Indian pharmaceutical companies may have spread their wings far and wide, but they have been hitting the wall in China.
India's largest pharmaceutical company Ranbaxy Laboratories was the first to set up a joint venture in China in 1993, but divested its stake in in December last year even though it spent millions of rupees and launched over 40 products.
Reason: Strong barriers for market access, longer time to build commercial infrastructure and difficulty in competing with Chinese players on cost.
Satish Reddy, managing director and chief operating officer (COO) of Dr Reddy's Laboratories, India's second largest drug maker, says "the Chinese market historically has been challenging for global generics players as well as mid-sized foreign pharma companies."
So, the Indian pharmaceutical companies, which aggressively tapped various global drug markets in the past two decades, have not been able to crack the Chinese drug market with their finished drugs so far. This is despite the fact that China's drug market grew over three times in the last seven years and is predicted to become the world's third largest after the US and Japan within two-three years.
Orchid Chemicals & Pharmaceuticals, which entered into a joint venture in China in 2003 to primarily sell antibiotic cephalosporin based formulations in that country, has not been able to make much headway either. Seven years later, the joint venture's profits are only around $2-4 million and turnover is less than $40 million.
"In China, you require to have specialised products in niche therapeutic areas to compete with domestic players,” said Ch Ram, Orchid's spokesperson.
Another India drug company, Lupin, has been operating in China for many years, though it is yet to start manufacturing in that country, says a company spokesperson. Lupin declined to reveal its annual revenues from China.
"Language is a major issue in dealing with Chinese players and it is not possible to sell products in that market without a local partner", says TS Jaishankar, chairman of Confederation of Indian Pharmaceutical Industries (CIPI).
Finding a trustworthy partner and establishing distribution set up in the highly government regulated Chinese market is a major issue for overseas companies, says Sujay Shetty, associate director with Pricewater-houseCoopers (PwC).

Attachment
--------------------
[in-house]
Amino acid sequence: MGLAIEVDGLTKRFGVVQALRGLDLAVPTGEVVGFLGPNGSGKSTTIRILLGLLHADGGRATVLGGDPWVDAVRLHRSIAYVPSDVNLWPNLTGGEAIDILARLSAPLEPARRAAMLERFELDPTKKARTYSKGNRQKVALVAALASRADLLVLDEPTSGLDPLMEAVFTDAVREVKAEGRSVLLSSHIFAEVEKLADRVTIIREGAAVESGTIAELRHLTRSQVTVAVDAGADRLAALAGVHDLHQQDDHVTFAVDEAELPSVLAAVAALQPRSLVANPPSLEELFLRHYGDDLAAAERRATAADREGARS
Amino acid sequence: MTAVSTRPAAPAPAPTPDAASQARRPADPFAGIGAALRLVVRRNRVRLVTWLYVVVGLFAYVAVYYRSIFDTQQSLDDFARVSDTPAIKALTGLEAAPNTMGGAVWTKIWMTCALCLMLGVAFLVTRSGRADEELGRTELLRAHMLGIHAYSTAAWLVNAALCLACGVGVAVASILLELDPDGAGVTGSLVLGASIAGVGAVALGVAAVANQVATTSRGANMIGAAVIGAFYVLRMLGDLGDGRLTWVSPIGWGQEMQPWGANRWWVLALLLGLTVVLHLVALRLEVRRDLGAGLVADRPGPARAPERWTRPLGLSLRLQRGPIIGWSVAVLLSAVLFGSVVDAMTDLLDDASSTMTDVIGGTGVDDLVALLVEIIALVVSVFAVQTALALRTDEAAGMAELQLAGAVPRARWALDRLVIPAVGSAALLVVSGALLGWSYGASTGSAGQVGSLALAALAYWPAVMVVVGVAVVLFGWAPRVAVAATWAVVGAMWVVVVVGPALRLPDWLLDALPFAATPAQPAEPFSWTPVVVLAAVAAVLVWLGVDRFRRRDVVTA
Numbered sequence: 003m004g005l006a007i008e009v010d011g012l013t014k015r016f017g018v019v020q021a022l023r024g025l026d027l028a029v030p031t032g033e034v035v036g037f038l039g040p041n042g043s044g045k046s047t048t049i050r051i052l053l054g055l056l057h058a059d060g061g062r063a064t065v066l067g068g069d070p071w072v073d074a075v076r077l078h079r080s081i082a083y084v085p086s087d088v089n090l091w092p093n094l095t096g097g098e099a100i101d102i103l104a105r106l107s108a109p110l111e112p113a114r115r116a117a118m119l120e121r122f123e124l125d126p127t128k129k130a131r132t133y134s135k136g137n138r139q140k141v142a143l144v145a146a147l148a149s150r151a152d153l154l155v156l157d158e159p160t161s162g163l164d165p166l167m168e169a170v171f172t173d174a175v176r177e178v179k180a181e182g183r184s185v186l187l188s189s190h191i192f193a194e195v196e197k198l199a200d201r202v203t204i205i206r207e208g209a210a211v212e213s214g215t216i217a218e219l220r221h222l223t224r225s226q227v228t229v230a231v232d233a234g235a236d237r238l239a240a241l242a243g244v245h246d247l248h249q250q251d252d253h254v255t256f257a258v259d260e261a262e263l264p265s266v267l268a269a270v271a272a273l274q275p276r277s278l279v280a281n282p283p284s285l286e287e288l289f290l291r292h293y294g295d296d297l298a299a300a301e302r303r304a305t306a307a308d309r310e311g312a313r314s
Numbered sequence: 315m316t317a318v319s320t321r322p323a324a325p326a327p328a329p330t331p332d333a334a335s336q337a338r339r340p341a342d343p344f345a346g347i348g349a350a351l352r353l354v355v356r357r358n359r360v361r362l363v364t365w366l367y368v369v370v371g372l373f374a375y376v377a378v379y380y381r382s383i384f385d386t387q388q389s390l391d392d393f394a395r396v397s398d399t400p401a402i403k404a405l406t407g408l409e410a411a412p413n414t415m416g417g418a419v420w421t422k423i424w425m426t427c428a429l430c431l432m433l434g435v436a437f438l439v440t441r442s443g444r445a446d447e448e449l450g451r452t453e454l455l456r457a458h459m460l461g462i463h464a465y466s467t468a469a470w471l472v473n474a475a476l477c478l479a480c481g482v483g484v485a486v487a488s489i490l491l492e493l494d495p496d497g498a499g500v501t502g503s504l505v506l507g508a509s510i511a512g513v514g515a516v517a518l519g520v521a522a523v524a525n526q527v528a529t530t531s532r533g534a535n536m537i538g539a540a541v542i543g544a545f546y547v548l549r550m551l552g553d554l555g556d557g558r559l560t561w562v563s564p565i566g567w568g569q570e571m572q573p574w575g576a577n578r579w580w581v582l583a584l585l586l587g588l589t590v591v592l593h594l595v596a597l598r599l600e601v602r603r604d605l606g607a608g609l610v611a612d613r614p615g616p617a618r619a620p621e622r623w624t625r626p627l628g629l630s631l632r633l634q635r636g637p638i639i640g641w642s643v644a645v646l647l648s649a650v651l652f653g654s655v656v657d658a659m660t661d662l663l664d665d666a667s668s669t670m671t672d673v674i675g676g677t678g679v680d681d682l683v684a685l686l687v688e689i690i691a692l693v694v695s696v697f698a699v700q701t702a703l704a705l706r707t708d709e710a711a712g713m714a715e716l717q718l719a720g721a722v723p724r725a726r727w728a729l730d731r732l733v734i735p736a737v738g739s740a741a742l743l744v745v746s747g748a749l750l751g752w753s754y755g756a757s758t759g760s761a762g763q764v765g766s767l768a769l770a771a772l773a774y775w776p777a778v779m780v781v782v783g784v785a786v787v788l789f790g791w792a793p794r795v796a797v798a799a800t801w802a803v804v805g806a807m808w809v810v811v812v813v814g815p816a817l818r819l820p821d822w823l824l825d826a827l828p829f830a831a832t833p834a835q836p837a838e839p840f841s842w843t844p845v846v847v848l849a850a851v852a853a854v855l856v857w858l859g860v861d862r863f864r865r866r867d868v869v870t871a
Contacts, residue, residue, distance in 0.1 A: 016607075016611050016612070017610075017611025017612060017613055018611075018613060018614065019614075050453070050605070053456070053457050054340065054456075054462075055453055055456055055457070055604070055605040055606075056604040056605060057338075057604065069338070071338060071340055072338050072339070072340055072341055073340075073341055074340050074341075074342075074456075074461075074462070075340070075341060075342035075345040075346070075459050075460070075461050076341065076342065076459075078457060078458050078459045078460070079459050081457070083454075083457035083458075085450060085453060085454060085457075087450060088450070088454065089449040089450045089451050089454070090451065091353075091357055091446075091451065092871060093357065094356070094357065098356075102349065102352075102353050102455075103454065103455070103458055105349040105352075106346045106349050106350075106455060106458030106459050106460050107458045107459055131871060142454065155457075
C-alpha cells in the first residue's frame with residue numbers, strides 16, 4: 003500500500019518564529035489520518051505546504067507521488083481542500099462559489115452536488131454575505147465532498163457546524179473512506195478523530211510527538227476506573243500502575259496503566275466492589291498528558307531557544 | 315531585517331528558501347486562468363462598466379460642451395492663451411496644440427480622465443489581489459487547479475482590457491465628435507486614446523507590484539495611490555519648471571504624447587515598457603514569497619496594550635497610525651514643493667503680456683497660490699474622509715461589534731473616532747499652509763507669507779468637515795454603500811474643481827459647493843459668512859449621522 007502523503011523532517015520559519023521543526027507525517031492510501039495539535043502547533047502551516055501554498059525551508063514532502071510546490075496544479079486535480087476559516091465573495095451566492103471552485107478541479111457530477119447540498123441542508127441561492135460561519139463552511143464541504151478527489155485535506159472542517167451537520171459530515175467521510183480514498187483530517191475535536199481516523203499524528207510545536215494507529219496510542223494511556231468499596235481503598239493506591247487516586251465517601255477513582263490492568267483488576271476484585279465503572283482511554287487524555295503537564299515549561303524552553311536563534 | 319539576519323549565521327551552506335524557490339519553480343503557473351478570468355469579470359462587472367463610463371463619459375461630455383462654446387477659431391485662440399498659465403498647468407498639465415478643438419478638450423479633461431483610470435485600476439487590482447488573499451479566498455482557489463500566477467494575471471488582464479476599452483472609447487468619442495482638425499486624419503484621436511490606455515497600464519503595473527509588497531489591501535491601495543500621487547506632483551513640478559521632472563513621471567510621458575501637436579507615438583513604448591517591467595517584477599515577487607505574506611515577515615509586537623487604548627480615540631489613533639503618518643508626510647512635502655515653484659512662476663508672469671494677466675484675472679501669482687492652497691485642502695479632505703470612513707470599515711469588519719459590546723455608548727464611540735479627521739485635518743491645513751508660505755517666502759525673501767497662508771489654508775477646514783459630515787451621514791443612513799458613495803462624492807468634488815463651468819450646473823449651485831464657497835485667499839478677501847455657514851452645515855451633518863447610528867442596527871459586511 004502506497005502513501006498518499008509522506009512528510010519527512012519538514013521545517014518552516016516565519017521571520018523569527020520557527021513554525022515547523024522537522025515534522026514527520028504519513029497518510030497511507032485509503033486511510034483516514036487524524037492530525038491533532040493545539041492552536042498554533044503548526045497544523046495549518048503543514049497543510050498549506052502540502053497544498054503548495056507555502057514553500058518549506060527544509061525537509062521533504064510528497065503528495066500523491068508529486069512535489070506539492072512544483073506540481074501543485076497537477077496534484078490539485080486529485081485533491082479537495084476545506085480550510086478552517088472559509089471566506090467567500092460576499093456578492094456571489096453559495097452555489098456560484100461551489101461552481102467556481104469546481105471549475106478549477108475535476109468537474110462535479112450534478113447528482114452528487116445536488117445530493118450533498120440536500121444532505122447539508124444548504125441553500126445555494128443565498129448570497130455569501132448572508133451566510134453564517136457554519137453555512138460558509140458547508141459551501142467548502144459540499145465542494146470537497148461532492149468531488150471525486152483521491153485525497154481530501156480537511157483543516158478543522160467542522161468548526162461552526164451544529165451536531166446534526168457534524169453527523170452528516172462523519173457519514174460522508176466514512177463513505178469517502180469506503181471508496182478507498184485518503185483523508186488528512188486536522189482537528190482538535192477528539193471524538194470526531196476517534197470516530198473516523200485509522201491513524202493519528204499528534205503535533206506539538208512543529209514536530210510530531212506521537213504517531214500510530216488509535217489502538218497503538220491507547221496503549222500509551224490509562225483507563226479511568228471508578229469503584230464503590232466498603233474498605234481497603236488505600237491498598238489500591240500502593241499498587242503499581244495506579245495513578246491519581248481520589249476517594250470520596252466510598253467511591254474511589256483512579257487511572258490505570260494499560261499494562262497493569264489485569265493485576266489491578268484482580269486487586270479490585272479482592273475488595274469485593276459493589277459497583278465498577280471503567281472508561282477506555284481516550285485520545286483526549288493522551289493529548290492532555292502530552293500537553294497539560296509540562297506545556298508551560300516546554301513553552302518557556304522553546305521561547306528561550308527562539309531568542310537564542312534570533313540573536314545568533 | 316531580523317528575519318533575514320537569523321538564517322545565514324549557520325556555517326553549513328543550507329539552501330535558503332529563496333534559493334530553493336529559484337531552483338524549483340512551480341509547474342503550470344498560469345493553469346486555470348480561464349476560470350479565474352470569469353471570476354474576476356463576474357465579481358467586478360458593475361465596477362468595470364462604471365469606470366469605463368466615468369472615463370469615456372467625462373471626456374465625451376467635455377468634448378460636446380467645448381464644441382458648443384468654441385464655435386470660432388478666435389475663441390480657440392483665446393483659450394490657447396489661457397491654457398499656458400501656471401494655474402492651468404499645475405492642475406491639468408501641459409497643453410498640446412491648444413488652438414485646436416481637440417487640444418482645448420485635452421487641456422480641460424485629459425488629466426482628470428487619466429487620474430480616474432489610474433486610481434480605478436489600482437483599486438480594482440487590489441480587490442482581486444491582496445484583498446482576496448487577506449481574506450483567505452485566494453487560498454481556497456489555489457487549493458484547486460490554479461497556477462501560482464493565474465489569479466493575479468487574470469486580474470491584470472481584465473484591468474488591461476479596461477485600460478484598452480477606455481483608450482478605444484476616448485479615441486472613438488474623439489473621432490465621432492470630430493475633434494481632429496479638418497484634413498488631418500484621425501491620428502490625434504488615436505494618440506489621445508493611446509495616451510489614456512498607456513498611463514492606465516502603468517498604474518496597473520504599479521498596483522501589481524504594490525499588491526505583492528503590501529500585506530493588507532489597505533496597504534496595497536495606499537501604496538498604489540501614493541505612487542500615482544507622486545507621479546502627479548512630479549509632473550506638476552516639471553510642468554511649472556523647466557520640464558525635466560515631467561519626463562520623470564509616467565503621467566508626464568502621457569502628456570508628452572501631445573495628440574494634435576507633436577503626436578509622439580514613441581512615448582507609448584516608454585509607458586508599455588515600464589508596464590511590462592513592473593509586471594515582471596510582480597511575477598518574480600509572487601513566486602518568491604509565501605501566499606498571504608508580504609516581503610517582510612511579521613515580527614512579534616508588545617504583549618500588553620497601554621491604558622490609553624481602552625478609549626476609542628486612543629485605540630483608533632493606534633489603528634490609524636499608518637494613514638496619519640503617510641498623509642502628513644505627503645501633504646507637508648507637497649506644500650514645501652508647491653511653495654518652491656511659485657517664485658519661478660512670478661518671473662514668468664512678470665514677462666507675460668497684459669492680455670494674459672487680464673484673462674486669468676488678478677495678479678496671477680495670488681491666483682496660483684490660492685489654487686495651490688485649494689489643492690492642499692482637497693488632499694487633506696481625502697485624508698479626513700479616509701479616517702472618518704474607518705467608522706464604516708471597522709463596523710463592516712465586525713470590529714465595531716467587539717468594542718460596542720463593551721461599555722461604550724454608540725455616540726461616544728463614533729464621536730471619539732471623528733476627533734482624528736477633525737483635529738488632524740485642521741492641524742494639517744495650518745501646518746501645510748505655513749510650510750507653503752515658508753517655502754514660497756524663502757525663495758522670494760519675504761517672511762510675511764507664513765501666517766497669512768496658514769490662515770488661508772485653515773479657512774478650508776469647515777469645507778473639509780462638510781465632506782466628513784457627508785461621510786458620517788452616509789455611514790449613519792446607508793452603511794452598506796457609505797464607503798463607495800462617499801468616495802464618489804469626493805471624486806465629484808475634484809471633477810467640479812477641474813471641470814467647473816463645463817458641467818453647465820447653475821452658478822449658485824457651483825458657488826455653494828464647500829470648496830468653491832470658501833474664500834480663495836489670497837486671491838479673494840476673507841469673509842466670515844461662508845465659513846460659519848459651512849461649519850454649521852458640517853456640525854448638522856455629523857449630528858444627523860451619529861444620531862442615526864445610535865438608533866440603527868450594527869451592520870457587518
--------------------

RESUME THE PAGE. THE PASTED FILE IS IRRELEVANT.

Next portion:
According to an estimate by China based publishing group Wicon, the size of the Chinese drug market for all drugs was valued at about $50 billion in 2007. That country has about 3,500 domestic drug manufacturers and they account for over 70 per cent of the fragmented domestic market. The top 10 companies in that country account for only about 20 per cent of the market.
But things could be changing for the better. In April last year, the Chinese government kicked off healthcare reforms to revamp the ailing medical system and to ensure fair and affordable health services for all its 1.3 billion citizens with an investment of 850 billion yuan ($124 billion) in three years. Of this, the government will invest $64 billion on basic healthcare insurance and $38 billion to build and upgrade community and rural hospitals.
IMS Health estimates that China will become the world's third-largest prescription drug market in 2011. Sale of prescription drugs will grow to $40 billion by 2013, with a growth rate of over 16 per cent, the firm estimates.
Factors such as rapidly increasing urbanisation, demographic shift, life style changes and a huge investment to support Health Care reform between 2009 to 2011 is likely to drive the drug market size in China and will help Indian generic companies to penetrate that market, says Satish Reddy.
"Considering the external business environment and our own capabilities, we are bullish on the Chinese market," he said. Dr Reddy's Laboratories had started operations in China in 2000 through a joint venture.